Pianist and composer David Moore brings human warmth to minimalism in Bing & Ruth | Concert Preview | Chicago Reader

Pianist and composer David Moore brings human warmth to minimalism in Bing & Ruth 

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click to enlarge Bing & Ruth

Bing & Ruth

Courtesy the Artist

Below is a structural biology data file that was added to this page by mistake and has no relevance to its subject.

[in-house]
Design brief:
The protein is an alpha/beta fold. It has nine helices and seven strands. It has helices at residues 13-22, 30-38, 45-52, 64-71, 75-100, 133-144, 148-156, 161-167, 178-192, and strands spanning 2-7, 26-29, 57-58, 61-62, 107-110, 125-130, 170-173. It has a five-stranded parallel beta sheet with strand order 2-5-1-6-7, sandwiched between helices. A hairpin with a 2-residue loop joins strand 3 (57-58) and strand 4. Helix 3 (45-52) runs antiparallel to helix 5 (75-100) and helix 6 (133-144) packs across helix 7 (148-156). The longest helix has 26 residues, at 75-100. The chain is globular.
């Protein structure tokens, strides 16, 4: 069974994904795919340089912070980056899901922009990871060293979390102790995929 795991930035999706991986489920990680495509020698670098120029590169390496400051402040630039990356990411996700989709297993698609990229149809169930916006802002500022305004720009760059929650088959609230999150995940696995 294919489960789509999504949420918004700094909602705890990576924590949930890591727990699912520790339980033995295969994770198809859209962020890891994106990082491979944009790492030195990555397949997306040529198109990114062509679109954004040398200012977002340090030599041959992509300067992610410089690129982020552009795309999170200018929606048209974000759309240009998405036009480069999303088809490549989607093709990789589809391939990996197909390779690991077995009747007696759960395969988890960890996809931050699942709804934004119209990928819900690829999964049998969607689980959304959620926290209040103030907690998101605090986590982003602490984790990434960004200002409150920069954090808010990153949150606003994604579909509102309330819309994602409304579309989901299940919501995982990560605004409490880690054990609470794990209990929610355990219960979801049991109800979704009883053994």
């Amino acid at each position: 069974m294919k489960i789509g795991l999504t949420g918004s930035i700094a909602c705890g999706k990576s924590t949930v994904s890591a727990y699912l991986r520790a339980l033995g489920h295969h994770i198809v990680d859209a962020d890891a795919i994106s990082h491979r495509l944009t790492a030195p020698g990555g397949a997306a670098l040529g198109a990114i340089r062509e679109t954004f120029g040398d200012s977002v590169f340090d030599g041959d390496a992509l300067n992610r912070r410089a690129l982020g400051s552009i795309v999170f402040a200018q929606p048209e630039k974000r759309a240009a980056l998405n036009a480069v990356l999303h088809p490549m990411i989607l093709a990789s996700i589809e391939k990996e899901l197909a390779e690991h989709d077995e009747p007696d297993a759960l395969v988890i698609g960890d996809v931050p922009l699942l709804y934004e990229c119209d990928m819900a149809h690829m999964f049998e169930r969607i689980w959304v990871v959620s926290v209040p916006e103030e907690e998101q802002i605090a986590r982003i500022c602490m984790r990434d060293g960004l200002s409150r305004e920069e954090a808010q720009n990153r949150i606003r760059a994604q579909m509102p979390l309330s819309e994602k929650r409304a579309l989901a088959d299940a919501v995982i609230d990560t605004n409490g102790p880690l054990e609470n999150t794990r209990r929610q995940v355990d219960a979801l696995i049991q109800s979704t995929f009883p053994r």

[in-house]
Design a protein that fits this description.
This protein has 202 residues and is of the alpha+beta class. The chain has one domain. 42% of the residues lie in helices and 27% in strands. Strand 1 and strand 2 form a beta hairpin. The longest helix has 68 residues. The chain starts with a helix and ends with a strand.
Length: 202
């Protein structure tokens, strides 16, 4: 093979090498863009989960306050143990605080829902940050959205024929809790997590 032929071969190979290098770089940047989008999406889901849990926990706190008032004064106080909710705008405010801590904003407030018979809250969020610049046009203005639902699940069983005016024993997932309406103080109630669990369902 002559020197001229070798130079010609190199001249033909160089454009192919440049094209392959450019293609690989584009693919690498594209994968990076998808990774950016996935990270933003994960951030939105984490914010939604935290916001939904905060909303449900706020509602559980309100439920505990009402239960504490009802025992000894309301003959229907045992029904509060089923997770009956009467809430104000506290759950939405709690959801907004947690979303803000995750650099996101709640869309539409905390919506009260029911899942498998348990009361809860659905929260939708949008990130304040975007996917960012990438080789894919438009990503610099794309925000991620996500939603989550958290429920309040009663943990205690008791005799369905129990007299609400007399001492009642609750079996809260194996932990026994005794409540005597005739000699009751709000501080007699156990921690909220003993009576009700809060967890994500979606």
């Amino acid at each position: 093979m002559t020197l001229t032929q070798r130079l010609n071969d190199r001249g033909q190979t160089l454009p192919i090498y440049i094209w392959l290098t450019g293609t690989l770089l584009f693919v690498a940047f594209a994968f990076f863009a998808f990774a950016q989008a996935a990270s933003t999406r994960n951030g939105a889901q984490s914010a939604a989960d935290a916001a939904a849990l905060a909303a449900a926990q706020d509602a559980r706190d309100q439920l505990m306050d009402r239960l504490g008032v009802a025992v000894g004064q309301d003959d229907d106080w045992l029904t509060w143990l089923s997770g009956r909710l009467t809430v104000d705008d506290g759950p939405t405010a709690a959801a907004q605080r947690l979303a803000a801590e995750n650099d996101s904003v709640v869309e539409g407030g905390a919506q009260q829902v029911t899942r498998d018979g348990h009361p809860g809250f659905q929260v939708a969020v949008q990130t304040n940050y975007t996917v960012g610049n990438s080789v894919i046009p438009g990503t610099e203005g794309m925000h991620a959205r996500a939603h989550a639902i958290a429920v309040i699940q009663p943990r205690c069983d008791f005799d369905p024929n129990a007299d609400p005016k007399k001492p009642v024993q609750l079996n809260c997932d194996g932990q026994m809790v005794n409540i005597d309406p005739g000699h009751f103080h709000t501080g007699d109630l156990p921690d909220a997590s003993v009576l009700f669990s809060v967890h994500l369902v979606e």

Pianist and composer David Moore is hardly alone in his love of American minimalism (particularly the hypnotically repetitive constructions of Steve Reich), but with his project Bing & Ruth he replaces that aesthetic’s often mathematical precision with something more fluid and human. On Bing & Ruth’s third and most recent album, No Home of the Mind (4AD), the group’s sound is at its leanest yet. As usual, Moore’s arpeggiated piano patterns cascade so rapidly that they almost blur into striated long tones, becoming graceful, billowing sheets of sound whose risings and fallings border on new age territory. But the large cast of supporting musicians from the previous two records has been slimmed down—it’s now just clarinetist Jeremy Viner (Battle Trance), bassists Jeff Ratner and Greg Chudzik, and tape manipulator Mark Effenberger. Moore’s collaborators blend into the group sound more smoothly than ever, functioning as a ghostly harmony machine. No Home of the Mind also includes a greater number of contemplative pieces, where Moore seems to summon the spirit of Erik Satie, but whether the music is quiet or busy, it’s consistently meditative—at its best, it’s like a bath of sound that closes over you.   v


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